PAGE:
Early Thursday morning began in a typical way, two weeks ago. One of the friendlier neighborhood stray cats scratched at the back screen door to get my attention. It was time for his daily petting session. I grabbed a small bag of kitty treats, flipped on the yard light, and headed out the door.
While kneeling on the concrete slab, petting the orange tabby, I noticed several boot prints in the fresh snow. Why had someone been in my back yard?
Our town was in the middle of a severe cold snap. That morning the ambient air temperature was minus eleven Fahrenheit; and snow had recently fallen. There was no reason for anybody to take a hike along the perimeter of the riverbank in the dead of night.
Neighbors sometimes use my back yard as a shortcut to the four-plex next door. However, these imprints didn’t follow that trajectory at all. The fresh tracks were very near the house and did not continue into the neighboring yard. The boot prints began at the edge of the sidewalk, continued part way into my yard, looped back, and ended at a different place on the sidewalk.
At the place where the person reversed direction, there were several overlapping imprints. It was as if whoever walked in the yard lingered there awhile. Was the person trying to determine if the house is burglar resistant?
The scenario was simply peculiar and suspicious. Somebody went out of their way to walk up the front sidewalk, continue along the cement that borders the west side of the house, to the back door, then enter the yard, turn around, and leave under adverse weather conditions.
After the orange cat wandered away, I went back inside the house to fetch a camera and a yardstick. Photographic evidence might be needed later if a burglary should take place in the near future. I took several snapshots, then went back inside to warm up.
My fingertips were still tingling from exposure to the subzero air when I decided to call the police. A few minutes later, a Norfolk, Nebraska police division SUV arrived and an officer stepped out of the vehicle.
I greeted the young cop after he stepped onto the front walk. Then I described the unusual boot prints as I led him to the back yard. Then I stopped talking and watched as he surveyed the snowy scene.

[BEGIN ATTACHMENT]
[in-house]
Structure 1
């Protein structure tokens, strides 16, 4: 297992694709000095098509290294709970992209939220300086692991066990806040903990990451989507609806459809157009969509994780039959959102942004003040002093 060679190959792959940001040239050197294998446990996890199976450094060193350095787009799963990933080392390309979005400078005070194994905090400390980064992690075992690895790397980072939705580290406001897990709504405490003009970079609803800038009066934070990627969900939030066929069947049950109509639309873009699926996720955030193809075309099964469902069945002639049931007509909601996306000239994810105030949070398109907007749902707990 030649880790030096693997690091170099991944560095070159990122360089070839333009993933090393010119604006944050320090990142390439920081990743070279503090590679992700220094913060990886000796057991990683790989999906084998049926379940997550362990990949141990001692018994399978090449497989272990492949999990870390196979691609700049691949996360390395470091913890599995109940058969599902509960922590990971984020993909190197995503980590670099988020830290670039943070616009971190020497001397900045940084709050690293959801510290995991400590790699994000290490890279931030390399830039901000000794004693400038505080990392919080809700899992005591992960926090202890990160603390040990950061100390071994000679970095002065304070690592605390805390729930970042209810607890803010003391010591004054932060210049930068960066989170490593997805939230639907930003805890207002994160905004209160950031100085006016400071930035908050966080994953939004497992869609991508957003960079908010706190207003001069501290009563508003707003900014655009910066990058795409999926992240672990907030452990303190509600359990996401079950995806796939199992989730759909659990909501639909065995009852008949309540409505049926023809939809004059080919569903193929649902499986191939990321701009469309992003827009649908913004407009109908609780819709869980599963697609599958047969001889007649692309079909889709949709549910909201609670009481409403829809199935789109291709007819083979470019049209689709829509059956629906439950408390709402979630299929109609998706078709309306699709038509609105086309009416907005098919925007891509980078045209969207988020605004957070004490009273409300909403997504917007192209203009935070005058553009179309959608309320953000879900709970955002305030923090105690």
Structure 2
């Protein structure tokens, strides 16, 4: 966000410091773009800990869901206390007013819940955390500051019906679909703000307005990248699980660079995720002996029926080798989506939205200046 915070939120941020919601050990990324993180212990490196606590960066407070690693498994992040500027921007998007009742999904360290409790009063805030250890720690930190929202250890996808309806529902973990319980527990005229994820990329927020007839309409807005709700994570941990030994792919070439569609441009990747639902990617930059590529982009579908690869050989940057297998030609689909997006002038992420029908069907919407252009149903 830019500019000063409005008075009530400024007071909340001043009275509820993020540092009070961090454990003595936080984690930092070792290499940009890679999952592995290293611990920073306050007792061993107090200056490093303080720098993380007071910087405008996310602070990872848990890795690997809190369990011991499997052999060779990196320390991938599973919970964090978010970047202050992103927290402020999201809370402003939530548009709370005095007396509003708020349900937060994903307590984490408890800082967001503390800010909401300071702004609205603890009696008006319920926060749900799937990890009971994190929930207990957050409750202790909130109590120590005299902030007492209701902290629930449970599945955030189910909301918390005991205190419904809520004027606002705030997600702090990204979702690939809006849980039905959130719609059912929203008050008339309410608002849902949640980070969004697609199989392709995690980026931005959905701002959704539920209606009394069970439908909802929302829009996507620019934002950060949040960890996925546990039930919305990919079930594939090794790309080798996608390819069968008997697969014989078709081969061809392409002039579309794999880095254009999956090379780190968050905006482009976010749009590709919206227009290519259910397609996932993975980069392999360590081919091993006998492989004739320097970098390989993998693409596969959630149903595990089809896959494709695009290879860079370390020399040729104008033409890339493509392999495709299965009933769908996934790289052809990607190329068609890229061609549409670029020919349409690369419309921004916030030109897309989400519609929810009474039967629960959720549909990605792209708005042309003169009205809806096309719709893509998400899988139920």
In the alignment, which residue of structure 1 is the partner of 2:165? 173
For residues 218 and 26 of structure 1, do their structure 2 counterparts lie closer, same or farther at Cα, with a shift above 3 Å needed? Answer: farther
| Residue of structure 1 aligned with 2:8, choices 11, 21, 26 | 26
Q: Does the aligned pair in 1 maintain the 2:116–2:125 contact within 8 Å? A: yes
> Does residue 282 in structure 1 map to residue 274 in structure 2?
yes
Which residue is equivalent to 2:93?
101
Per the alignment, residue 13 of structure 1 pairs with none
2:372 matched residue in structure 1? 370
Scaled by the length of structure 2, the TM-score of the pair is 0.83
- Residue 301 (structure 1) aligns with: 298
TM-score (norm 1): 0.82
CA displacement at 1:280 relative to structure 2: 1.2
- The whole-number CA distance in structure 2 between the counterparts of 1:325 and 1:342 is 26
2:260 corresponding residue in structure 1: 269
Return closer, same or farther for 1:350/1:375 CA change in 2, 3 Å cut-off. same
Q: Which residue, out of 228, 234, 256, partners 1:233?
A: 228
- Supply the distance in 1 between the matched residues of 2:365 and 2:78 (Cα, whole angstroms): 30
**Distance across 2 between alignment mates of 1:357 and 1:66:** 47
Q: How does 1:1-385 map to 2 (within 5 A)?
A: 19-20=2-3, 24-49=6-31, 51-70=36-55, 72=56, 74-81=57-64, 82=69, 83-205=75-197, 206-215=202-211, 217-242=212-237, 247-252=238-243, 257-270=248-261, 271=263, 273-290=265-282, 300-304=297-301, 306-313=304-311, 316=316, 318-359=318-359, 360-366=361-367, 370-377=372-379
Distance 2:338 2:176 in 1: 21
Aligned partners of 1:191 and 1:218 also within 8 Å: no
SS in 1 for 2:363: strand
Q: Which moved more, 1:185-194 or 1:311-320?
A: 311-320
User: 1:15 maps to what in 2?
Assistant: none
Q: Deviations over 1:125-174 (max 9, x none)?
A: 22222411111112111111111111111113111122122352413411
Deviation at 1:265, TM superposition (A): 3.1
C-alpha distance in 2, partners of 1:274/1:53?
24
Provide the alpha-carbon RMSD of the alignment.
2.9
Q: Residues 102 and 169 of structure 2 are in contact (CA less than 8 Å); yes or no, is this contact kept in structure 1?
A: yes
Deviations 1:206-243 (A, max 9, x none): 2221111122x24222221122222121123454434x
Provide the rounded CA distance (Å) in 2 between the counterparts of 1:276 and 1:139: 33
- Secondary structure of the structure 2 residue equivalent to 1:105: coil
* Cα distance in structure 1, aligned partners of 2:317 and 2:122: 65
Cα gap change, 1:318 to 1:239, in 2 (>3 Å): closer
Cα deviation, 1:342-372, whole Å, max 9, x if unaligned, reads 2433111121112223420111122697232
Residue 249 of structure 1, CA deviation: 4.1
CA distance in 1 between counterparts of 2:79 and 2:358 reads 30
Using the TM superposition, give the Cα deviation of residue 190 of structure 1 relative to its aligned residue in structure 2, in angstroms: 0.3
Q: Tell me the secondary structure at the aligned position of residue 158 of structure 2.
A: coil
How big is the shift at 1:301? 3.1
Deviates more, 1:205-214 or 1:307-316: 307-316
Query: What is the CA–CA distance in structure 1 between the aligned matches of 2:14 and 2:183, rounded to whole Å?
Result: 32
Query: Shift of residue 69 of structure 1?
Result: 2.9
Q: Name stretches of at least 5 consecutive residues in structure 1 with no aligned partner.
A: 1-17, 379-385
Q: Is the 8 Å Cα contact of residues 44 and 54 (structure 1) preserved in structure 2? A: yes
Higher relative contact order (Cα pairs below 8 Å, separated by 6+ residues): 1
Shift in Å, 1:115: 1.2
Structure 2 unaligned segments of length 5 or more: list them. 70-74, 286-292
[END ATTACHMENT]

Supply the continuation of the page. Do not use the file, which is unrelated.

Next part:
The policeman hauled a small camera from his tunic pocket then shot several pictures. He then stooped down and took several extreme close-up shots of a few of the boot prints and the place where the imprints overlapped.
After he finished gathering photographic evidence, the cop walked back to where I stood on the concrete slab. He interviewed me for a few minutes, then cautioned me to check my door locks each night and to call the police right away if anything suspicious happens again.
He also reassured me by saying I had not over-reacted when I became concerned enough to call the police. He repeated his cautions that I should be extra watchful and inform them of any other unusual happenings. After the policeman drove away, I noticed my emotions were still running high.
I vowed to take extra precautions from that day forward. Each night I turn on the back yard light so I can observe anything or anyone who shouldn’t be there. Hopefully, the light will act as a deterrent to casual prowlers and the neighbors who trespass onto my yard.
Right now, I’m feeling less happy about my otherwise very quiet neighborhood.
The Blue Jay of Happiness ponders a thought from World War Two Fleet Admiral and Commander-in-Chief of the Imperial Japanese Navy, Isoroku Yamamoto. “Even a burglar hesitates to go back for more.”